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8.558070 - Opera Explained: STRAUSS - Die Fledermaus (Smillie)
Johann Strauss, Jr (1825–1899): Die Fledermaus
The word ‘opera’ is Latin and means ‘the works’; it represents a synthesis of all the other arts: drama, vocal and orchestral music, dance, light and design. Consequently, it delivers an emotional impact which none of the others can match. The only one of the arts whose origins can be precisely dated, it was ‘invented’ in Italy in 1597 as part of the Renaissance—the rebirth of interest in classical values. As an art form it is truly international, crossing all linguistic and cultural barriers, and it is probably the only one whose audience continues to expand, not in spite of, but because of developments in entertainment technology.
From its early origins in Italy opera spread across Europe, establishing individual and distinctive schools in a number of countries. France had an early and long-standing love affair with it—hence the term grand opéra, referring to the massive five-act creations that graced the Paris Opéra in the nineteenth century. Germany had an excellent school from as early as Mozart’s time, and opera perhaps reached its highest achievement with the mighty music dramas of Richard Wagner. Russia, Great Britain, and the Americas have also made their contributions.
But in the popular imagination opera remains an Italian concept—and no wonder. From its earliest years Italians dominated the art: Cavalli and Monteverdi were among the first to establish its forms; there was a golden age, called the bel canto, at the beginning of the nineteenth century when Bellini, Donizetti, and Rossini ruled supreme; Giuseppe Verdi was probably the most revered artist in history; and, for many, Puccini represents in every sense the last word in this beloved genre.
Although the twentieth century has not been as lavishly endowed with opera composers, it can still boast a few, including Richard Strauss, Igor Stravinsky, and Benjamin Britten—and, maybe most significantly in the long run, those errant step-children of opera, the Broadway musical and the Lloyd Webber spectacular.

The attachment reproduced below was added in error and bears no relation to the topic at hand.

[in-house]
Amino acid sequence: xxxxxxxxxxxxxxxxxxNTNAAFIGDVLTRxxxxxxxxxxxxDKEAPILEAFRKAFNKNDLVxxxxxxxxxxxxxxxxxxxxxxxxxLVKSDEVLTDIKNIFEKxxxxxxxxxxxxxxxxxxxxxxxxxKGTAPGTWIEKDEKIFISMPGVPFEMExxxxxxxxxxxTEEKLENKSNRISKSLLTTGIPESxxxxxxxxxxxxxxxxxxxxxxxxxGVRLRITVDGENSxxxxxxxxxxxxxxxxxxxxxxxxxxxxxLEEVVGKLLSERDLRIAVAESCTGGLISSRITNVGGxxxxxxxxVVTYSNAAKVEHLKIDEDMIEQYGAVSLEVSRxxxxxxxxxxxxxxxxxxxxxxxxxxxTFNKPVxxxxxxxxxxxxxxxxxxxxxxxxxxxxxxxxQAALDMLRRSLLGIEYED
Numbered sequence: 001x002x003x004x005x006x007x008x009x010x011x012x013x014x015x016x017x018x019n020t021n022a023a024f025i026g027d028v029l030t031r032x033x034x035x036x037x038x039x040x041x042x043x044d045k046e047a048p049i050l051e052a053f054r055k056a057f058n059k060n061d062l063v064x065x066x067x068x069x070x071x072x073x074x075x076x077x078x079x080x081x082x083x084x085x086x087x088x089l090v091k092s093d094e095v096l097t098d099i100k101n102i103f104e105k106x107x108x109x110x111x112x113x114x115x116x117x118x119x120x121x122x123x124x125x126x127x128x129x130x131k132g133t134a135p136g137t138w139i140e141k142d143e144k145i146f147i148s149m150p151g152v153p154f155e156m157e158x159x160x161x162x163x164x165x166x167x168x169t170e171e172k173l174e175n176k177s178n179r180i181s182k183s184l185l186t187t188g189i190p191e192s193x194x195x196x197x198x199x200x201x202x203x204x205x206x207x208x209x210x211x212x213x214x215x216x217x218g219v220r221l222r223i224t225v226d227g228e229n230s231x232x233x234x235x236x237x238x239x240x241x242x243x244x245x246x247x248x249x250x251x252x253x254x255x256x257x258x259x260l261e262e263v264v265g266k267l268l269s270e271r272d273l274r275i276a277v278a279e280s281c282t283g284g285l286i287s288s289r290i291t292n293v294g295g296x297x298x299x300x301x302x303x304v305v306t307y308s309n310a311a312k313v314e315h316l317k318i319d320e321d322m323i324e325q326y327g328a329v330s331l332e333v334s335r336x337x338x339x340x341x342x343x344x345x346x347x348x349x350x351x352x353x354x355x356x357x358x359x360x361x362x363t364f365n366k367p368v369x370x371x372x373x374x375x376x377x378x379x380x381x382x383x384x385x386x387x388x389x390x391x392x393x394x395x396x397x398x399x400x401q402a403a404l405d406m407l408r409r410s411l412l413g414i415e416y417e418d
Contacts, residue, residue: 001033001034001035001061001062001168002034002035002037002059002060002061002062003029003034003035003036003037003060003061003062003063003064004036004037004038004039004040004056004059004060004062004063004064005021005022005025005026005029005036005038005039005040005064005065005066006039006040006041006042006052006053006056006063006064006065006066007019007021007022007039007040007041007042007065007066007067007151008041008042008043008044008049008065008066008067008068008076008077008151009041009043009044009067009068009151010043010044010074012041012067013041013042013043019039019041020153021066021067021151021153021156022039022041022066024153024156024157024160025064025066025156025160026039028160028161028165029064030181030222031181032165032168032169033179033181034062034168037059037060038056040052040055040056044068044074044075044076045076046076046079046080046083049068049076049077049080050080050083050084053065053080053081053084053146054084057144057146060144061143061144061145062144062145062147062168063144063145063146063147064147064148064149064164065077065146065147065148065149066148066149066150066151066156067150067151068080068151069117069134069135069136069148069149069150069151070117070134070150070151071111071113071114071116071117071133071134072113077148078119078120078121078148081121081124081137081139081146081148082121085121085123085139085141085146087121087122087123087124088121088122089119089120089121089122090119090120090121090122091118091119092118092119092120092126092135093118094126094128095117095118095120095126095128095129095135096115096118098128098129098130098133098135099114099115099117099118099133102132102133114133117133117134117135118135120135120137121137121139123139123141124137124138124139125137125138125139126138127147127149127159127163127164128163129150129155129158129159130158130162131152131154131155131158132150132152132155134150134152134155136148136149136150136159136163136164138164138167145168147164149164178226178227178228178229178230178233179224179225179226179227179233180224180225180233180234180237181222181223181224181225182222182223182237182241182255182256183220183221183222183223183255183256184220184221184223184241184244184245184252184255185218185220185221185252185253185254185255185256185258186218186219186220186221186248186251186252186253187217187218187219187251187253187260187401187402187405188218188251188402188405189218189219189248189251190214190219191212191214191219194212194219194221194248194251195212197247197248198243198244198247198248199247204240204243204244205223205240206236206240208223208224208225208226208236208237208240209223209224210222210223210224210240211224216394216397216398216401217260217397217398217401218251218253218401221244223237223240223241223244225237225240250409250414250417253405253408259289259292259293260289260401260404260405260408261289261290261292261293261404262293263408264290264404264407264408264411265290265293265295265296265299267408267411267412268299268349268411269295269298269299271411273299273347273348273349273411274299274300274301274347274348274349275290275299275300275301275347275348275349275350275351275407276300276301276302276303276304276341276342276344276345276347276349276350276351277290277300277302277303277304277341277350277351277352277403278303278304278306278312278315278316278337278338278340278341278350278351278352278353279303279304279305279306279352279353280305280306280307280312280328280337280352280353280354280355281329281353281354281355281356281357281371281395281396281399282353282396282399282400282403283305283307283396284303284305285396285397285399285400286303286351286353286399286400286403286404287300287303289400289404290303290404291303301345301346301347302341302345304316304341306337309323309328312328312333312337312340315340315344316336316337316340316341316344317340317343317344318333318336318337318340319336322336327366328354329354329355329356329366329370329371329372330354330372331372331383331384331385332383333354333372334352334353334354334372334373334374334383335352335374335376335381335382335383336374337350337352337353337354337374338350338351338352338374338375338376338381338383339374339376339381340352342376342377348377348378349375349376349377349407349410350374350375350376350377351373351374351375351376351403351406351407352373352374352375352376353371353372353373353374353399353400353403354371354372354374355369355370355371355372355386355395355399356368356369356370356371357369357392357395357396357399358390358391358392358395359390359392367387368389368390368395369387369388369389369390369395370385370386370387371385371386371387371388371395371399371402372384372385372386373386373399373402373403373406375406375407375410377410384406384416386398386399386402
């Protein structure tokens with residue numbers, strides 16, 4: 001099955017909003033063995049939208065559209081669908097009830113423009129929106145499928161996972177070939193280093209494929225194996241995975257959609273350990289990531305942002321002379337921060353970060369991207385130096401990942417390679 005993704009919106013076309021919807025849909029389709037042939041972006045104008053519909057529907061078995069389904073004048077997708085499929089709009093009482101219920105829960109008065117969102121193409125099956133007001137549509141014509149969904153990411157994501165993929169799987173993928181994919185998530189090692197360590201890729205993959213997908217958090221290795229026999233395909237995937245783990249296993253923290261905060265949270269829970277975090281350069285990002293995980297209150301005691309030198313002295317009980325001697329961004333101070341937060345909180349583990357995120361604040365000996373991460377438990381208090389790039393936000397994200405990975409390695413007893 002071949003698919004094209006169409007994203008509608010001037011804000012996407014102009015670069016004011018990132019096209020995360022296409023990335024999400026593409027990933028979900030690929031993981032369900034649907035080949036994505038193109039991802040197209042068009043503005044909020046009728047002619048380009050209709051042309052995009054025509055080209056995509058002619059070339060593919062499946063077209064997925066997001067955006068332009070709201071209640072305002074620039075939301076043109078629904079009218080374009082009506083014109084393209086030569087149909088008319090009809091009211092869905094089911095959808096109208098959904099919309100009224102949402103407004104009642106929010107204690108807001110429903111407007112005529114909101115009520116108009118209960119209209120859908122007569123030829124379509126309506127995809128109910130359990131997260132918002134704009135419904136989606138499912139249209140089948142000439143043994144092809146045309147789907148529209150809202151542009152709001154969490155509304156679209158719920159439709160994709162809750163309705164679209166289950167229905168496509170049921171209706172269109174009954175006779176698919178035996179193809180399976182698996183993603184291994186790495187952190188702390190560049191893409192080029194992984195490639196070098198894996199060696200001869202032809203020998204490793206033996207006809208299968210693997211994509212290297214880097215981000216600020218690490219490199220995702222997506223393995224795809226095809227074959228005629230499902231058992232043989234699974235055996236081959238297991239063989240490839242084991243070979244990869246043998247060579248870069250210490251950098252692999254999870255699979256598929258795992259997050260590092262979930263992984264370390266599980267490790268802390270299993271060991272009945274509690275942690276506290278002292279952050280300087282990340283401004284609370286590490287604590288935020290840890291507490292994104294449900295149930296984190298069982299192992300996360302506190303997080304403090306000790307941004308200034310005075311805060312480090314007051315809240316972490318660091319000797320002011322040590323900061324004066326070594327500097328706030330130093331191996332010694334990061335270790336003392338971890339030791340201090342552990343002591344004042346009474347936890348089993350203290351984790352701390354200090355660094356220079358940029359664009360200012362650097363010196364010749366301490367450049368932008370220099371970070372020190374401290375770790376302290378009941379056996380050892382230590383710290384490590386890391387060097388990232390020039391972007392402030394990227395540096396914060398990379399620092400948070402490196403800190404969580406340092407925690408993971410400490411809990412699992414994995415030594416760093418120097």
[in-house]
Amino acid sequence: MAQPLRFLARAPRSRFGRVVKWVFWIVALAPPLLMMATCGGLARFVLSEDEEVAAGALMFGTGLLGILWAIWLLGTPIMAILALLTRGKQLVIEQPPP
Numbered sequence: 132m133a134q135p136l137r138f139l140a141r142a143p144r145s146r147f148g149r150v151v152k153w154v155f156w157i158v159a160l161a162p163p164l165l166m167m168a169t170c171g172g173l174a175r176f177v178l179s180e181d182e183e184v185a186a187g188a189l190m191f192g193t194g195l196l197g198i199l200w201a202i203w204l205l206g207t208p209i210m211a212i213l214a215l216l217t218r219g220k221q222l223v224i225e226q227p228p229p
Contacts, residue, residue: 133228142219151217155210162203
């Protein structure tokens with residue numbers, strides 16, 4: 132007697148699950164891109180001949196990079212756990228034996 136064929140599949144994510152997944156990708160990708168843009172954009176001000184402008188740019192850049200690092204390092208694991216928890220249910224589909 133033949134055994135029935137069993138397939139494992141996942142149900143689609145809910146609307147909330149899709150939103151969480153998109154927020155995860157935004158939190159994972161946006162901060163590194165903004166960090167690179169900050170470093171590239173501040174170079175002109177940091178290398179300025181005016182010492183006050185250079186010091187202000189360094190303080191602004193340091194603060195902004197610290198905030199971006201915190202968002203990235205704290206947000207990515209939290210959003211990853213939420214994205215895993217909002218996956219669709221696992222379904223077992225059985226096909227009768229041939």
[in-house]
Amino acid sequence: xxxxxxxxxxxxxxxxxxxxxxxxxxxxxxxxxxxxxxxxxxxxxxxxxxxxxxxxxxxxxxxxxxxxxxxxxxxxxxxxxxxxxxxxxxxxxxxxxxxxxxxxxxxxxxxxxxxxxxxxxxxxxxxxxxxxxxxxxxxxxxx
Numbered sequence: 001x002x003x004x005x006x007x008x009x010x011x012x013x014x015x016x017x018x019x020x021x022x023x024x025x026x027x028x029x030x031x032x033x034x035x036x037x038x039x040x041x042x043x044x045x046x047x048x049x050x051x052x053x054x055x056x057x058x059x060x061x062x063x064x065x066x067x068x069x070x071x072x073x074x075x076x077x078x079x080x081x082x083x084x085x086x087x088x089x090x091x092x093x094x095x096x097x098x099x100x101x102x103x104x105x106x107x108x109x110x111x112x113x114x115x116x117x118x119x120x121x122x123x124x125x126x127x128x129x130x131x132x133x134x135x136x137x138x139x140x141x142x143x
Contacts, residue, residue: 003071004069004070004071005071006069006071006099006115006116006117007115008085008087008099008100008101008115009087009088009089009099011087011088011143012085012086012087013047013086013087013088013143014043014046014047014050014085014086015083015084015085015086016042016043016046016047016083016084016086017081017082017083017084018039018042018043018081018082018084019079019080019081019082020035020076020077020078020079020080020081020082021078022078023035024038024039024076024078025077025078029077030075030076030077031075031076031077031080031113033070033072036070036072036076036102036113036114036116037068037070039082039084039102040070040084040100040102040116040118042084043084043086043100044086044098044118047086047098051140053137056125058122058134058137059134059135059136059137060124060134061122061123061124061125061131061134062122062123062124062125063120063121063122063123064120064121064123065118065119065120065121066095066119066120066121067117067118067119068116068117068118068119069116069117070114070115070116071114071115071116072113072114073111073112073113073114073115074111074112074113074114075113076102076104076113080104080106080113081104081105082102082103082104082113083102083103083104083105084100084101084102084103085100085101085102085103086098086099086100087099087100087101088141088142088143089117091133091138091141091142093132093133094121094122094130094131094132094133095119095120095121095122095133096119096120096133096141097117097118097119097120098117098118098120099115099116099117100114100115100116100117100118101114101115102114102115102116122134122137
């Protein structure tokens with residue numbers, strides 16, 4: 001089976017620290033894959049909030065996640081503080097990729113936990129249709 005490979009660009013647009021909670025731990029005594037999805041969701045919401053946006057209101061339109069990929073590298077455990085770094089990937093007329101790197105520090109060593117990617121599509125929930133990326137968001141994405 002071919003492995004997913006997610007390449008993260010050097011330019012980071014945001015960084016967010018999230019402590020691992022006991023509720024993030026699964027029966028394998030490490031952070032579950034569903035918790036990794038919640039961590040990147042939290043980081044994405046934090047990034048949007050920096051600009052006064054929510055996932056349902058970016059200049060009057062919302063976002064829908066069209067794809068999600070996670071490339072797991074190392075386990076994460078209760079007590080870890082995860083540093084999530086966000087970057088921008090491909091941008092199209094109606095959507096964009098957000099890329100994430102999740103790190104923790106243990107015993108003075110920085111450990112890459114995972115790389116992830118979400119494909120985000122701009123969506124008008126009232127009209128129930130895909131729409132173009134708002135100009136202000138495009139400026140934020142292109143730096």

To the question ‘Is there any such thing as great light music?’ we can answer with a resounding cry of ‘Yes! Die Fledermaus!’ Johann Strauss II created a work which is remarkable in the way it immortalises an era. Nostalgia for lost empires is potent stuff, and we find it in the writings of the Dark Ages after the Fall of Rome as well as in the popularity of Merchant Ivory films. The Austro-Hungarian Empire in the last quarter of the nineteenth century was the decaying stump of the once-mighty Holy Roman Empire. In Voltaire’s famous remark this was not in the least holy, not very Roman, and never really an empire, despite which it gave rise to an especially potent brand of nostalgia. That nostalgia is distilled into its purest form as a waltz, the hypnotic dance in three-time which began life as the last word in daring (partners facing each other in highly unsuitable physical proximity) and ended up as a symbol of lost innocence.
The Strauss family became the ‘Waltz Kings’, and papa, the first Johann Strauss, was a hugely popular bandmaster and composer—the Radetzky March is his best-known piece. It was his son Johann II, however, who created in the ‘Blue Danube’ Waltz and the Emperor Waltz alternative national anthems of the Austrian people. When later in his career he turned to writing for the theatre—which, it is said, was in response to the success of Offenbach’s operettas—he composed a melodic masterpiece in Die Fledermaus, as well as other creditable works, like The Gypsy Baron.
The quality of Die Fledermaus is clear from just a few seconds of the overture. Composers agree that the first few bars of an opera create an indelible impression, often producing the expectation of success or failure. The beginning of Die Fledermaus reminds us of the explosive uncorking of champagne bottles—and quite right too, as the benign influence of bubbly will be as decisive in shaping the action as is Chianti in The Elixir of Love, or Brangaene’s potion in Tristan und Isolde, or Albert Herring’s spiked lemonade, or…you can see the point.
The celebrated Fledermaus waltz, with its swirling, downward-rushing melody, suggests a sort of half-inebriated gaiety, and the accelerando trio, appearing first in the overture, hints at one reason why Die Fledermaus enjoys such universal admiration among both newcomers to opera and seasoned experts. Strauss had a genius for using conventions of grander opera—like the so-called ‘Rossini crescendo’—to incredible comic effect. Later in the opera we shall hear great concerted ensembles, big set arias, melodrama (speaking over music), even a travesti role (a woman in trousers playing a man’s part). All the trimmings of grandeur but applied to a story which is as light and frothy as the cream on a slice of sachertorte.
Before the action the hero Eisenstein had publicly embarrassed Dr Falke (The Bat of the title). By tricking a disguised Eisenstein into wooing his own wife, also disguised, Falke is able to return the embarrassment and secure ‘The Bat’s Revenge’, which is the unofficial subtitle of the piece. Strauss’s score will exploit every opportunity for gaiety, pathos, high comedy, and, above all, sweet nostalgia. Nostalgia, the cynics may say, is not what it used to be, but as long as Die Fledermaus is performed, it is.
A complete recording of J. Strauss’s Die Fledermaus (Naxos 8.660017–18) is available as a 2-CD set from Naxos:
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